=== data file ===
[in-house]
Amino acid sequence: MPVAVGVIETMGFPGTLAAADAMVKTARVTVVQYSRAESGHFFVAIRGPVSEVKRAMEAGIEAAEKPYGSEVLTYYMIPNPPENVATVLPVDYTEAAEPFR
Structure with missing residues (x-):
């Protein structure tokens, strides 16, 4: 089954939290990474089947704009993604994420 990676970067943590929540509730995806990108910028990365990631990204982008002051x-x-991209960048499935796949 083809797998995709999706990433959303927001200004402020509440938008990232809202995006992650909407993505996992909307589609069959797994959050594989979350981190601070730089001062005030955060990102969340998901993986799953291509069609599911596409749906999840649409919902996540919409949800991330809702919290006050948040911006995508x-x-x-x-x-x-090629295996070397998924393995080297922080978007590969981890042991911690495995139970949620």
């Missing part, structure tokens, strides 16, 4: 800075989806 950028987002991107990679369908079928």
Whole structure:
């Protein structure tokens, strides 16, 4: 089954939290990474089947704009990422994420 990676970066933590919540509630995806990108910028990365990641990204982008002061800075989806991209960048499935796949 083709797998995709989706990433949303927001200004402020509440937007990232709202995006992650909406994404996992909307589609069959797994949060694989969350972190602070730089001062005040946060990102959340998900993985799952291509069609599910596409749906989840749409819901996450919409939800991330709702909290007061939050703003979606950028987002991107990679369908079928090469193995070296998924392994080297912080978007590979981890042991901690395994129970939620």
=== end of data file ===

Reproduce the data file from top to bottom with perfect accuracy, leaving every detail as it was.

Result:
[in-house]
Amino acid sequence: MPVAVGVIETMGFPGTLAAADAMVKTARVTVVQYSRAESGHFFVAIRGPVSEVKRAMEAGIEAAEKPYGSEVLTYYMIPNPPENVATVLPVDYTEAAEPFR
Structure with missing residues (x-):
């Protein structure tokens, strides 16, 4: 089954939290990474089947704009993604994420 990676970067943590929540509730995806990108910028990365990631990204982008002051x-x-991209960048499935796949 083809797998995709999706990433959303927001200004402020509440938008990232809202995006992650909407993505996992909307589609069959797994959050594989979350981190601070730089001062005030955060990102969340998901993986799953291509069609599911596409749906999840649409919902996540919409949800991330809702919290006050948040911006995508x-x-x-x-x-x-090629295996070397998924393995080297922080978007590969981890042991911690495995139970949620």
């Missing part, structure tokens, strides 16, 4: 800075989806 950028987002991107990679369908079928």
Whole structure:
């Protein structure tokens, strides 16, 4: 089954939290990474089947704009990422994420 990676970066933590919540509630995806990108910028990365990641990204982008002061800075989806991209960048499935796949 083709797998995709989706990433949303927001200004402020509440937007990232709202995006992650909406994404996992909307589609069959797994949060694989969350972190602070730089001062005040946060990102959340998900993985799952291509069609599910596409749906989840749409819901996450919409939800991330709702909290007061939050703003979606950028987002991107990679369908079928090469193995070296998924392994080297912080978007590979981890042991901690395994129970939620």